Paris 36 posterYour enjoy­ment of Paris 36 will prob­ably depend on your tol­er­ance for that par­tic­u­larly French brand of accordion-based chan­son­ner­ie (pos­sibly not a real word). Your cor­res­pond­ent hereby con­fesses a love for that stuff and so found this romantic old-fashioned melo­drama fairly divert­ing. It’s set back­stage in a strug­gling palace of vari­et­ies dur­ing the lead up to WWII as fas­cism and gang­ster­ism battle the forces of good for influ­ence over the lives of ordin­ary people (ordin­ary people in this case being sing­ers, stage-hands, comedi­ans, impres­sion­ists and hand­some com­mun­ist follow-spot operators).

Casablanca posterIn Casablanca, Humphrey Bogart and Ingrid Bergman share a love that is threatened by both Nazis and Resistance. Bogart is cyn­ic­al saloon keep­er Rick, keep­ing his head down in sup­posedly free-French ter­rit­ory. It’s 1941 and the war has reached them and, instead of flee­cing refugees of their last sous (and sim­ul­tan­eously let­ting suave Chief of Police Claude Rains win) at the roul­ette table, ser­i­ous choices have to be made. The future of the world is at stake. A crack­ling script (Julius G., and Philip J., Epstein) and Owen Marks’ invis­ible edit­ing sup­port Michael Curtiz’ assured dir­ec­tion. Great entertainment.

Vanguard 30th AnniversaryIn 1941 the fas­cist threat was real and was only ever going to be defeated by indi­vidu­al sac­ri­fice and col­lect­ive action, unfash­ion­able as that may seem nowadays. That point was driv­en home to me after watch­ing the first three nights of the Vanguard Films anniversary screen­ings at the Film Archive. The Vanguard col­lect­ive have spent 30 years mak­ing inde­pend­ent docos to bal­ance the cor­por­ate media that con­tin­ues to dom­in­ate the dia­lectic. From early his­tor­ies of trade uni­on struggles (includ­ing the fas­cin­at­ing Wildcat and Kinleith ’80) through an exam­in­a­tion of the long­stand­ing (in)security rela­tion­ship with the United States that (des­pite the anti-nuclear policy) con­tin­ues to this day, and more recently the unrav­el­ling of the ties that bind big busi­ness and the new right eco­nom­ic agenda, Vanguard have been there telling the stor­ies and mak­ing the con­nec­tions that the estab­lish­ment don’t want made. They are a nation­al treas­ure and their birth­day cel­eb­ra­tions con­tin­ue until Saturday.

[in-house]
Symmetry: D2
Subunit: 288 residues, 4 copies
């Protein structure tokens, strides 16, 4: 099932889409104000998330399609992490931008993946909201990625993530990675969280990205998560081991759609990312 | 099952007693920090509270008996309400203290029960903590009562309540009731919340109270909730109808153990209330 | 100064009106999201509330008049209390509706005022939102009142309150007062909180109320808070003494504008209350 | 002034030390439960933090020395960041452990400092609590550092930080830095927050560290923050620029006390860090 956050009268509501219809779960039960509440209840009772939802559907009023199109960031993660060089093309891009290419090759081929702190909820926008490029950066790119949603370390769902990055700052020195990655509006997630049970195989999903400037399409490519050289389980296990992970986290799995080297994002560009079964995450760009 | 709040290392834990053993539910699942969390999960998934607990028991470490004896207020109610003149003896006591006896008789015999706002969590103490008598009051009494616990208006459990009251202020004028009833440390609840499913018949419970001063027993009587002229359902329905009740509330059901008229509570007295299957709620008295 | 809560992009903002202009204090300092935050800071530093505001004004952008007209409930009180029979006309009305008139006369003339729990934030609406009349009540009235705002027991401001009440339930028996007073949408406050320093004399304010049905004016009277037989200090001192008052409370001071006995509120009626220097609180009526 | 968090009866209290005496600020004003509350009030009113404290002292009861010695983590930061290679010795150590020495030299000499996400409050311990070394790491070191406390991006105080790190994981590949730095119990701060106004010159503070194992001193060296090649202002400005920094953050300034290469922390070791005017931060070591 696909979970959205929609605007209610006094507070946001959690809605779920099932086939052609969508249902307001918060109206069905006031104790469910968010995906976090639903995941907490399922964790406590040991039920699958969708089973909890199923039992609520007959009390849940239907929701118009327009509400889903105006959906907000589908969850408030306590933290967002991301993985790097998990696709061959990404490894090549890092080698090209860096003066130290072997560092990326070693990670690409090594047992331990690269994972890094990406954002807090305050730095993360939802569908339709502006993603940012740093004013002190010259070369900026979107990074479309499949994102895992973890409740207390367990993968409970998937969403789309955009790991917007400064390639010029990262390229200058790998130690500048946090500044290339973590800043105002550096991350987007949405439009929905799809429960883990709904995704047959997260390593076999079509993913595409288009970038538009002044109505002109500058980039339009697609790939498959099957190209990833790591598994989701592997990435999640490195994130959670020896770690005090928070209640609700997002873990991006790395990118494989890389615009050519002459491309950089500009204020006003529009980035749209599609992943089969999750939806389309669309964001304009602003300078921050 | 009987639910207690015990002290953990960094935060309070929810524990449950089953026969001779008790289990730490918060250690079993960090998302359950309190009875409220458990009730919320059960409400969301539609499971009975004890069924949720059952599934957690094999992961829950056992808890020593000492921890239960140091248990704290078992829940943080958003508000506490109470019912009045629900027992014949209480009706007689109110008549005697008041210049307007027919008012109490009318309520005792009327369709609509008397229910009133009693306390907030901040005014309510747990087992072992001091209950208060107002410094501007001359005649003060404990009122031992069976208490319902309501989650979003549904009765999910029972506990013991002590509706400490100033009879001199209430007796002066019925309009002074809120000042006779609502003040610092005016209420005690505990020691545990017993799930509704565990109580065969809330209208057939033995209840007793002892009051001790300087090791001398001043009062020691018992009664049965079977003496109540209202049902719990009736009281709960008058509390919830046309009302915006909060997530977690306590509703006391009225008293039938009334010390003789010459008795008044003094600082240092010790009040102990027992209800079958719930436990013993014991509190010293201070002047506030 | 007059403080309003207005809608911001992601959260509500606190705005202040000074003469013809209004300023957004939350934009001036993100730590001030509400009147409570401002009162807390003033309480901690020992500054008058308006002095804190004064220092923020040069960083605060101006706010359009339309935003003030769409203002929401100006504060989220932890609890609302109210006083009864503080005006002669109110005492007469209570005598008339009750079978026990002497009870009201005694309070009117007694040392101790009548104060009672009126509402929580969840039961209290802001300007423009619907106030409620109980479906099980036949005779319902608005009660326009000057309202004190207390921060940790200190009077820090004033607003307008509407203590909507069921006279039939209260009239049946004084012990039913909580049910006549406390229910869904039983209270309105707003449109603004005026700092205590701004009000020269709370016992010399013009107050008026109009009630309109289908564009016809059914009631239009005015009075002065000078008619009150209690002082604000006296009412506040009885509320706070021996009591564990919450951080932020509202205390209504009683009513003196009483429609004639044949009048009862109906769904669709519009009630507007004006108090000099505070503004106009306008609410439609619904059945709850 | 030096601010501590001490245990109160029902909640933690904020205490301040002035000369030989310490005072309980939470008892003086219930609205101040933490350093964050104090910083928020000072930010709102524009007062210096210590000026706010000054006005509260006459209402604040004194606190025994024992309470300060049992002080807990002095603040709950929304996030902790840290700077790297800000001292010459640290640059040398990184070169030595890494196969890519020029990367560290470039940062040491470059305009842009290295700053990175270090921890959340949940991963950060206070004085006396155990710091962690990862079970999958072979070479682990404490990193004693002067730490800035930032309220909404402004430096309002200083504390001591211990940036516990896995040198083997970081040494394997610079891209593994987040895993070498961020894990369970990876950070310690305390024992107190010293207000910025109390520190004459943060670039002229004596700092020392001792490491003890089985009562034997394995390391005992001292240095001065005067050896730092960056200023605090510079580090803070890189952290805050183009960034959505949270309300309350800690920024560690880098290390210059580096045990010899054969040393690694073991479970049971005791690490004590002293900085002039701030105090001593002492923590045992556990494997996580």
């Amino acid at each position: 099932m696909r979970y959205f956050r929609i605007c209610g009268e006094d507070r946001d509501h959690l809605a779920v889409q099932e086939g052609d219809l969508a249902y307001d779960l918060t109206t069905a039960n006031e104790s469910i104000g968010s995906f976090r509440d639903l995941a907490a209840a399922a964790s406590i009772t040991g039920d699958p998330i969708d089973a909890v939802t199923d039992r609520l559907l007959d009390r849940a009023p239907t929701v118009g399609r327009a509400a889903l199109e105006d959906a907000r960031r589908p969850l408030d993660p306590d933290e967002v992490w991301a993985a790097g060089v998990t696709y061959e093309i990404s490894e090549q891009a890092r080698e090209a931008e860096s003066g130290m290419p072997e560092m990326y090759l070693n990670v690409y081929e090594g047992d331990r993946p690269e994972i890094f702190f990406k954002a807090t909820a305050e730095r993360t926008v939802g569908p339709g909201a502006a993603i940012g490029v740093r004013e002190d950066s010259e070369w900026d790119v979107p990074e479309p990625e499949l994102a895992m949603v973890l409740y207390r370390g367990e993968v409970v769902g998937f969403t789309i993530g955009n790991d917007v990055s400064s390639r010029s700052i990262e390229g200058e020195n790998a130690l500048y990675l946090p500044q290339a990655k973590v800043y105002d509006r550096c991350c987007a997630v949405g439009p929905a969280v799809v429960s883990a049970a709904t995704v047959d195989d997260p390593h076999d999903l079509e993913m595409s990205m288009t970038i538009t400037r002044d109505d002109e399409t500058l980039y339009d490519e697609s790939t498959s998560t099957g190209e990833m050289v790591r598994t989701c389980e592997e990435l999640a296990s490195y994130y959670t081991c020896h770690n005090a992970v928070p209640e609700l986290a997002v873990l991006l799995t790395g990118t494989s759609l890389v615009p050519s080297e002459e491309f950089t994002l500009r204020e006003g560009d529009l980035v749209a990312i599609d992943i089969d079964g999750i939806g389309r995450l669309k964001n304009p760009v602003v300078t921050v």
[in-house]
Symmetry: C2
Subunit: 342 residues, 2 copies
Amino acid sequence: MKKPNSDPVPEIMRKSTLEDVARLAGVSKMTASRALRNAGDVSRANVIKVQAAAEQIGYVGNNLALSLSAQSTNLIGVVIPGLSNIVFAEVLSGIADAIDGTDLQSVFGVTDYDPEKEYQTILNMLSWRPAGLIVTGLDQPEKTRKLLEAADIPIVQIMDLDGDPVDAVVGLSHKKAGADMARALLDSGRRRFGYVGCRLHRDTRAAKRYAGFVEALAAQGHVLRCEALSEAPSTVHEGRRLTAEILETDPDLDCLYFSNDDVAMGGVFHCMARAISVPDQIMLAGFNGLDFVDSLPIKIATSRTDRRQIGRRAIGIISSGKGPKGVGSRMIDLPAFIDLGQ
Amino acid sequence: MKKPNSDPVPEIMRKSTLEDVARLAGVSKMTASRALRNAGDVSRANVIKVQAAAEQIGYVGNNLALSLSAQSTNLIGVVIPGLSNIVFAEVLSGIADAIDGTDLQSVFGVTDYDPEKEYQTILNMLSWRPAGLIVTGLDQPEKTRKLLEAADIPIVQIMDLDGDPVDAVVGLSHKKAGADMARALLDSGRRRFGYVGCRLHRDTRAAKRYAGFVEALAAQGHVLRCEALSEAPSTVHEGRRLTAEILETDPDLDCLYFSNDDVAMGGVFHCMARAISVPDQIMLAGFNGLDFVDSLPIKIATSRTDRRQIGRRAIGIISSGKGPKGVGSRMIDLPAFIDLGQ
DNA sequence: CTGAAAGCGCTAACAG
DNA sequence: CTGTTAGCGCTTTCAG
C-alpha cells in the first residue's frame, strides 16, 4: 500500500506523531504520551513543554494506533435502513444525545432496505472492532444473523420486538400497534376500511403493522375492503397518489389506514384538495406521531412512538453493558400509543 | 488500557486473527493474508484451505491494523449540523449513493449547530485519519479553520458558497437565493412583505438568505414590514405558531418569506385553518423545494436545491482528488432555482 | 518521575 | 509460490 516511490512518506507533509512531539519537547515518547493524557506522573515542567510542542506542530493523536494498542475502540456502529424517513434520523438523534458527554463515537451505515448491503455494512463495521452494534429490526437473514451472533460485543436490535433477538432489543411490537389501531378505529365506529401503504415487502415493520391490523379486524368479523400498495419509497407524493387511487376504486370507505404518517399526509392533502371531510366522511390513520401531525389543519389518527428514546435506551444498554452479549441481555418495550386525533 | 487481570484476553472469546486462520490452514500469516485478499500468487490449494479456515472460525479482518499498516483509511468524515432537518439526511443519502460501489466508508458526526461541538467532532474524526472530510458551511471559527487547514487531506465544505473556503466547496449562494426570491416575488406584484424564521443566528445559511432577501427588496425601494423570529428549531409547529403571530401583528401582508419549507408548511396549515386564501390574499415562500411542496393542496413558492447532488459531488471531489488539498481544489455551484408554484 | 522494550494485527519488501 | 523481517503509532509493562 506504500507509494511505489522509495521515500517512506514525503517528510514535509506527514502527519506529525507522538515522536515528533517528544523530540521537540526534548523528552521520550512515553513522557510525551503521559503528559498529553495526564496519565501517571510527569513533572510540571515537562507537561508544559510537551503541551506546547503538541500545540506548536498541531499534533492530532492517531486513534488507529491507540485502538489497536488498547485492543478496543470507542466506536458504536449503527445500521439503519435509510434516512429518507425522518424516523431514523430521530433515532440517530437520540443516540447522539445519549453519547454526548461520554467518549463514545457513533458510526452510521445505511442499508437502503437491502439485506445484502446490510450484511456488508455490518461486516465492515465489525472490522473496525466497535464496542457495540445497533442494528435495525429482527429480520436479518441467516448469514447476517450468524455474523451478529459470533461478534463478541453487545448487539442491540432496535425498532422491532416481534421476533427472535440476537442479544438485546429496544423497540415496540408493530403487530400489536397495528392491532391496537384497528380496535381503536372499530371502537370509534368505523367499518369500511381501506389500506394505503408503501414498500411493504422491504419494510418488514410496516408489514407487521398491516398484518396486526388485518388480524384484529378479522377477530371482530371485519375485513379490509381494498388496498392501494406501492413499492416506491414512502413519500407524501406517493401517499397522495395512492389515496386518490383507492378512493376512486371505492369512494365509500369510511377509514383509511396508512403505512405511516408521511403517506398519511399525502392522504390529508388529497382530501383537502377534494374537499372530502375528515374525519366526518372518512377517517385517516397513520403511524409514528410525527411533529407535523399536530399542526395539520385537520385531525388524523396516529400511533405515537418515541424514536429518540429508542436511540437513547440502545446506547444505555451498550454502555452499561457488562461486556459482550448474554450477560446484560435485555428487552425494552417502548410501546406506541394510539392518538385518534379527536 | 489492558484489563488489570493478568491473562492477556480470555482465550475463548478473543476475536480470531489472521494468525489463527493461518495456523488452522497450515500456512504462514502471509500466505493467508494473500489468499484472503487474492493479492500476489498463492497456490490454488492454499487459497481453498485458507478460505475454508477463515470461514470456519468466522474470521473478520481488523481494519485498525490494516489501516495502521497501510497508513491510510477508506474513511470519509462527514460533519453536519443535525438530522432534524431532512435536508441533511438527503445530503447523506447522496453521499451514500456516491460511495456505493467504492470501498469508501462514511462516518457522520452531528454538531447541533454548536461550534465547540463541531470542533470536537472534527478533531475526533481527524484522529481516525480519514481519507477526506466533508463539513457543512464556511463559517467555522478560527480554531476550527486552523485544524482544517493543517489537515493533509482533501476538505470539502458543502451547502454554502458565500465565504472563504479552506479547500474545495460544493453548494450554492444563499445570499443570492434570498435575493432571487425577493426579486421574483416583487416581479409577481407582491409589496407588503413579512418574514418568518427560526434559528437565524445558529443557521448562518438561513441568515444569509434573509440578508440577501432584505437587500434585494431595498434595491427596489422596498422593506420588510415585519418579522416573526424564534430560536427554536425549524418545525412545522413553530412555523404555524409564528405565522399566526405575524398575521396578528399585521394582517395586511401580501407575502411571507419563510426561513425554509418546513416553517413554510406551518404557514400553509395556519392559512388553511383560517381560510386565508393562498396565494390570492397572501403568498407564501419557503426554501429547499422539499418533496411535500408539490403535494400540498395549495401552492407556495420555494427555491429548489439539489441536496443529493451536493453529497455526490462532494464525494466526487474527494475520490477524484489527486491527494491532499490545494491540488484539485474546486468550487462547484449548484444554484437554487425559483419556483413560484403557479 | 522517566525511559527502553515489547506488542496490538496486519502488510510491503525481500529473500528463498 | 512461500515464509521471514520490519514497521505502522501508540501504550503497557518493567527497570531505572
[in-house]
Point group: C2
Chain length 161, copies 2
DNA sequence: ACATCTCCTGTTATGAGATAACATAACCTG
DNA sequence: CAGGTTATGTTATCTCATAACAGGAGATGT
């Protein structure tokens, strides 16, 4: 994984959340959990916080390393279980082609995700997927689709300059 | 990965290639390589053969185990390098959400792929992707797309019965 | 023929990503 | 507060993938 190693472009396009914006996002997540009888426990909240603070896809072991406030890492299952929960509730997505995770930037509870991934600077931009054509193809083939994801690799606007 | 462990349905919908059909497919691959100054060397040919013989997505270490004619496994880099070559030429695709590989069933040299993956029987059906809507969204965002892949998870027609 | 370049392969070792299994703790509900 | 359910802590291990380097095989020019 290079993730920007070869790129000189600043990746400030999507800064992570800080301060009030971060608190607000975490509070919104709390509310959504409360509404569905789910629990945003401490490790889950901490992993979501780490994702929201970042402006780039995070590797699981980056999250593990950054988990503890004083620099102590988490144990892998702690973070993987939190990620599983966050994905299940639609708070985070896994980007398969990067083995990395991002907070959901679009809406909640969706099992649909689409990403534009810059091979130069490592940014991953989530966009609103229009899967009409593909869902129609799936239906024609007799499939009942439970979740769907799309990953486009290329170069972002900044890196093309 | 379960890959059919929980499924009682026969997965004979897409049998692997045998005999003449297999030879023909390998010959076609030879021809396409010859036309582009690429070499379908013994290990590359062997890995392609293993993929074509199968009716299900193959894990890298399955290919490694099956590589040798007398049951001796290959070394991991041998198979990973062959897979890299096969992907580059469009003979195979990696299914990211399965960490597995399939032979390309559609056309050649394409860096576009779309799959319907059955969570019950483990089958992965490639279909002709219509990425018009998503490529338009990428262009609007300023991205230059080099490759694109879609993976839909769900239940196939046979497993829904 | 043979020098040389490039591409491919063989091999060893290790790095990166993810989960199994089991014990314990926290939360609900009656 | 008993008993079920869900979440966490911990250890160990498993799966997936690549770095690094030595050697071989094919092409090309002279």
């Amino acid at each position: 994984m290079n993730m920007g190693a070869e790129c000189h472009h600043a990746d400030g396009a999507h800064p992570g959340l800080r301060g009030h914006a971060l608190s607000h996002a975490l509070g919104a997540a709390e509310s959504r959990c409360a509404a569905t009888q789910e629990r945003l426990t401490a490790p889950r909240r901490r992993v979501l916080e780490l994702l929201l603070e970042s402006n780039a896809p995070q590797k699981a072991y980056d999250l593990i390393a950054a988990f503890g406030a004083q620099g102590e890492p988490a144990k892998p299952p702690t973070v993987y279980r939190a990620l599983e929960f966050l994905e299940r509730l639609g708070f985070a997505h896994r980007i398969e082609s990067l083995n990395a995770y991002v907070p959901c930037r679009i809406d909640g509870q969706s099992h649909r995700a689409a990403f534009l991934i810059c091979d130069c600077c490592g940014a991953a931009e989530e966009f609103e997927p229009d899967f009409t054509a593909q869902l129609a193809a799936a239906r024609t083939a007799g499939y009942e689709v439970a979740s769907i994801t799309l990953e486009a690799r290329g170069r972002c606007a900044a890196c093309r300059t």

The Camera on the Shore posterGraeme Tuckett’s emo­tion­ally and intel­lec­tu­ally reward­ing bio­graphy of Barry Barclay gets a deserved return sea­son at the Paramount from tomor­row, for one week only. Like Vanguard, Barry told uncom­fort­able truths in his films and, like Vanguard, he was forced to struggle more than he deserved to have his voice heard. The Camera on the Shore is a fit­ting memori­al and a fas­cin­at­ing his­tory les­son of a time when there was no film industry in this coun­try just some blokes (and Gaylene) who made films.

Printed in Wellington’s Capital Times on Wednesday 9 September, 2009.

Notes on screen­ing con­di­tions: Up was glor­i­ous in 3D at Readings – eas­ily worth the both­er of the glasses in my opin­ion; Paris 36 and Young Victoria were pub­lic ses­sions at the Lighthouse in Petone and I con­fess that I was forced to watch both through my sunglasses as I’d left my specs at home that morn­ing; The Soloist was a packed Saturday even­ing screen­ing at the Empire; The Camera on the Shore was first seen on a pre­view DVD provided by the film­maker and then at the Wellington Film Festival; Casablanca was a beaten up 35mm print and black and white sadly demon­strates the dif­fer­ent light qual­it­ies of the two par­al­lel Paramount pro­ject­ors and the Vanguard films were screened off vari­ous formats at the Film Archive by gun pro­jec­tion­ist Phil Greig.